Measuring Horizontal and Vertical Foreign Direct Investment
Kim Ruhl and
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Kim Ruhl: New York University Stern School of Busi
No 1123, 2013 Meeting Papers from Society for Economic Dynamics
Using firm-level data on U.S. multinationals, we find that affiliates created for vertical FDI motives seem to be larger and fewerâ€”both within the firm and across affiliatesâ€”while affiliates that appear to be created for horizontal FDI motives are smaller and more common. Next, we build a model with heterogeneous firms that endogenously choose to create affiliates for vertical or horizontal reasons, and show that the model can qualitatively reproduce the patterns we document in the data. We use the model and the data to measure the costs of opening different types of affiliates: the costs of vertical versus horizontal FDI. We use the calibrated model to perform counterfactual exercises aimed at answering questions such as: How much does a country gain from lowering the barriers to vertical FDI, and to horizontal FDI? How do these gains change with country characteristics?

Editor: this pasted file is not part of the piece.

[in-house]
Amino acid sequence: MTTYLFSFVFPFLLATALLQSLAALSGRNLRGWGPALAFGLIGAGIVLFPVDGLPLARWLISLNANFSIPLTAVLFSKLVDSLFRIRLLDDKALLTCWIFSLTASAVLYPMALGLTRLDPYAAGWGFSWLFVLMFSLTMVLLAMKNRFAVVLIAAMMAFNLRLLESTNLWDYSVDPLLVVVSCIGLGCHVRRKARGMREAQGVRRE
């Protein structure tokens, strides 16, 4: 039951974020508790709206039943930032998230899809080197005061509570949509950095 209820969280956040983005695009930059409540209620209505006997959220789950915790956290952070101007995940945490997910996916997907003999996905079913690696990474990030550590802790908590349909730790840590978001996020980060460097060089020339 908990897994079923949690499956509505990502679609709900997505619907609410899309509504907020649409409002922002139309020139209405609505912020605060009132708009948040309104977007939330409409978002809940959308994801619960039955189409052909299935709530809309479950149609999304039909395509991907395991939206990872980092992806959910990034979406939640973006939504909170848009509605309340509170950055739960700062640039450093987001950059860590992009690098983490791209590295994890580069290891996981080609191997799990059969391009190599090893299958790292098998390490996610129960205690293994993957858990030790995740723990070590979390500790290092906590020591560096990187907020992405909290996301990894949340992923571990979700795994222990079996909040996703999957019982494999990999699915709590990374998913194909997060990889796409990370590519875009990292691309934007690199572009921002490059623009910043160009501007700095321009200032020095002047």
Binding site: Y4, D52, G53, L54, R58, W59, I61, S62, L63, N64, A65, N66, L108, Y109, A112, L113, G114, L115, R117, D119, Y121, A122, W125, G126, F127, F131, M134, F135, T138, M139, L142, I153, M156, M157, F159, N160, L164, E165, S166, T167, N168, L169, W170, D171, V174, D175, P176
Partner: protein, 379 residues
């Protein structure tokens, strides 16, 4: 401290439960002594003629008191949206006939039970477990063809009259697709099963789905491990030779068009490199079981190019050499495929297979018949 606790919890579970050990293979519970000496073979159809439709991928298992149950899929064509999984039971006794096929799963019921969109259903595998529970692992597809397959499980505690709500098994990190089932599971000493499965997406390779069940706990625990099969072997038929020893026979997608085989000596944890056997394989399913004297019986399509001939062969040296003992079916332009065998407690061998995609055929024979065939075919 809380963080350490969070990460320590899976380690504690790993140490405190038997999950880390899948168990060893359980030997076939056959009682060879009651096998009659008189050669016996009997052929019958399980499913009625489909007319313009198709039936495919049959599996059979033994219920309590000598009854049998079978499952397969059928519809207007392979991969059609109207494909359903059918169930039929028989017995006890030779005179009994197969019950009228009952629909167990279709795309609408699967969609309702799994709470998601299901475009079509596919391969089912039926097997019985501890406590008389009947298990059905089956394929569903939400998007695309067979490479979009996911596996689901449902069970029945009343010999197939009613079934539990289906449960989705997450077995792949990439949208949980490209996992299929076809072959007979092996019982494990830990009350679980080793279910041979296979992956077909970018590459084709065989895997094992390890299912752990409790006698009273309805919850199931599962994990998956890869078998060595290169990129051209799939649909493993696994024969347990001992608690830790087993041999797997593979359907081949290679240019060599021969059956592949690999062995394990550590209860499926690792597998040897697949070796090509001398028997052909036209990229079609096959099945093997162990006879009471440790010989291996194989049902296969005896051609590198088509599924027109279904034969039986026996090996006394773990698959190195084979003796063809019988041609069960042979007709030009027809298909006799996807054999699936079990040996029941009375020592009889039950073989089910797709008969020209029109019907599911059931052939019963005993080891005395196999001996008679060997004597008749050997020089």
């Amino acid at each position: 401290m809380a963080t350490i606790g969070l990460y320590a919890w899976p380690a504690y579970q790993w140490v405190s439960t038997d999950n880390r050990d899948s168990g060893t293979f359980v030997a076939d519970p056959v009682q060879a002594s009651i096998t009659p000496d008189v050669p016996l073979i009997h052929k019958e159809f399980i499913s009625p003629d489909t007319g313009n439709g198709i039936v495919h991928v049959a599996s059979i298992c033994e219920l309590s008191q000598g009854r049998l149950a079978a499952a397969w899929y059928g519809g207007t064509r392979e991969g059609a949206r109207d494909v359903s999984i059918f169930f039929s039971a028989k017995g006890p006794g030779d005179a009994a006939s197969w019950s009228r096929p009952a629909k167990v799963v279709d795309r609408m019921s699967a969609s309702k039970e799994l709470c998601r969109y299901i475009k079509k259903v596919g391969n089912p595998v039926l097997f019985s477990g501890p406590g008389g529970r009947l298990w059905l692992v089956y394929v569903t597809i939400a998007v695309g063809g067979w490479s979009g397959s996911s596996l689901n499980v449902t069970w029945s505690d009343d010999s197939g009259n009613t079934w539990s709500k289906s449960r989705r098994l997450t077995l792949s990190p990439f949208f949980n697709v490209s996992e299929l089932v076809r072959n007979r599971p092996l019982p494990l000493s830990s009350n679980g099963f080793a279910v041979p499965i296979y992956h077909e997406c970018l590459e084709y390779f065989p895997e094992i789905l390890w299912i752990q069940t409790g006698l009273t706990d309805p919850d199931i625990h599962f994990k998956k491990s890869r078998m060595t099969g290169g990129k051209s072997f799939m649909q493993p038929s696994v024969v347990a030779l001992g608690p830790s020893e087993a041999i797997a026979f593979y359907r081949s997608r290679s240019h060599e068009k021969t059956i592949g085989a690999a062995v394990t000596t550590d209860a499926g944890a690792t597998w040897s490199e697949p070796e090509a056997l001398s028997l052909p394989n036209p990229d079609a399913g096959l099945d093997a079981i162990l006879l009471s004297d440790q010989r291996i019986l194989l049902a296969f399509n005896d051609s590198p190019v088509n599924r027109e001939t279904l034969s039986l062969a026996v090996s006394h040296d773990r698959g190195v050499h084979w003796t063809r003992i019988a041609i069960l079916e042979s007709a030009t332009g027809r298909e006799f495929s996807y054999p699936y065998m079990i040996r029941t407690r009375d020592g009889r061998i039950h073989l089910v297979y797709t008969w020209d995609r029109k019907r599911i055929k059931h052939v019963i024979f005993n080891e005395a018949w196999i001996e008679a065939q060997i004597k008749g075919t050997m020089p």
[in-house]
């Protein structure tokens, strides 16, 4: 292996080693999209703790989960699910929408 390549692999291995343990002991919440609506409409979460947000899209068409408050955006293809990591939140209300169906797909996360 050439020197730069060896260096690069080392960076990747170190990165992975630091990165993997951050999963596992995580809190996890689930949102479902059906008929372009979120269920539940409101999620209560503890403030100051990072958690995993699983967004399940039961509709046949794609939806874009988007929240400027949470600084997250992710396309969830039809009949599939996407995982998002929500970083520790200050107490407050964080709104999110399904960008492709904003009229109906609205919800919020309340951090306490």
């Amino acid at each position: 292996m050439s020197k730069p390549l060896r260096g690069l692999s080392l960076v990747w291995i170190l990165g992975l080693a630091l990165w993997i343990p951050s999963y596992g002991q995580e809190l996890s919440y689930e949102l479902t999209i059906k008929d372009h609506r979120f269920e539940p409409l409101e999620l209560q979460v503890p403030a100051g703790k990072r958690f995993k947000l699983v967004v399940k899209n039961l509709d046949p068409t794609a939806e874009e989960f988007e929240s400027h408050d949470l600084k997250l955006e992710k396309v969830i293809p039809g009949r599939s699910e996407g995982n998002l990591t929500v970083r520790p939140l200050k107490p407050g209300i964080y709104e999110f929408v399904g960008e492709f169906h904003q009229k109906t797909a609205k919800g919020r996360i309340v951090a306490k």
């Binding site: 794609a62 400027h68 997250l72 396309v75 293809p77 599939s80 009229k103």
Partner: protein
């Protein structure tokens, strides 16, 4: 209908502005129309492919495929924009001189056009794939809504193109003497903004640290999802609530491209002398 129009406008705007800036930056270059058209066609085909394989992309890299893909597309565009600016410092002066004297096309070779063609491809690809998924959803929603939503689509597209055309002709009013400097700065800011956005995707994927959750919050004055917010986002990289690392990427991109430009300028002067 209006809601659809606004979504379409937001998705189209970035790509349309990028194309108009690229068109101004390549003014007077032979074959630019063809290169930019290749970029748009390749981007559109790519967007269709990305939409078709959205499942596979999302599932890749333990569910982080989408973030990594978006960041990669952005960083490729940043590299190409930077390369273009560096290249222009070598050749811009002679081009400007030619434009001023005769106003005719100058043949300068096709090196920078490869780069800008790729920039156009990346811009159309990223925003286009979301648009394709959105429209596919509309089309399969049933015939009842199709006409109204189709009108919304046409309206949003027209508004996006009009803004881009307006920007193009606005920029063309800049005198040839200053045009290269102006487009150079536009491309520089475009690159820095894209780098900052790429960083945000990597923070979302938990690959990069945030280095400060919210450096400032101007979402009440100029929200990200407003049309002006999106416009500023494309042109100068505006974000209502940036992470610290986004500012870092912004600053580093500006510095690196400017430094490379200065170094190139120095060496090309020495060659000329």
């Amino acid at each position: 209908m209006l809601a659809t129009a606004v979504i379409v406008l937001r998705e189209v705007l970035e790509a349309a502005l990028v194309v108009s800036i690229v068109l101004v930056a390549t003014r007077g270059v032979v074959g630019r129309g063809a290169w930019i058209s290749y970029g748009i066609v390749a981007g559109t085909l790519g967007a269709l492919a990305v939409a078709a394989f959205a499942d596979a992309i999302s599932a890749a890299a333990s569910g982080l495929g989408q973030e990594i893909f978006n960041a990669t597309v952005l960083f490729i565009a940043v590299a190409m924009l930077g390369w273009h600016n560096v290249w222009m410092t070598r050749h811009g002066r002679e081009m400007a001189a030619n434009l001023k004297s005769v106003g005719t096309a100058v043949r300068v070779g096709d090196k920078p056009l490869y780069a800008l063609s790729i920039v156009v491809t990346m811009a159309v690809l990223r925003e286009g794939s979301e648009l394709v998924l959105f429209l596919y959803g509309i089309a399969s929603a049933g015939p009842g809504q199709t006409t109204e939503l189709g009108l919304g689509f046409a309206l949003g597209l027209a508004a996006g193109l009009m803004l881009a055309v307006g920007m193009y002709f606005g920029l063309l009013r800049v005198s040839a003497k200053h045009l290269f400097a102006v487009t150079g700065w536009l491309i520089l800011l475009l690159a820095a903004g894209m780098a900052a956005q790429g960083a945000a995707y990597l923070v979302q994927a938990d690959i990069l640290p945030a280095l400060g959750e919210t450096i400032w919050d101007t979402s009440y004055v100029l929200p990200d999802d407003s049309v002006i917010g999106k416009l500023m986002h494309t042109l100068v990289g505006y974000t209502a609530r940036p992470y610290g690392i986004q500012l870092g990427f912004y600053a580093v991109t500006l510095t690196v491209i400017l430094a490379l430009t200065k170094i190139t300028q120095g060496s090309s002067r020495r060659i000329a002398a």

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Persistent link: https://EconPapers.repec.org/RePEc:red:sed013:1123
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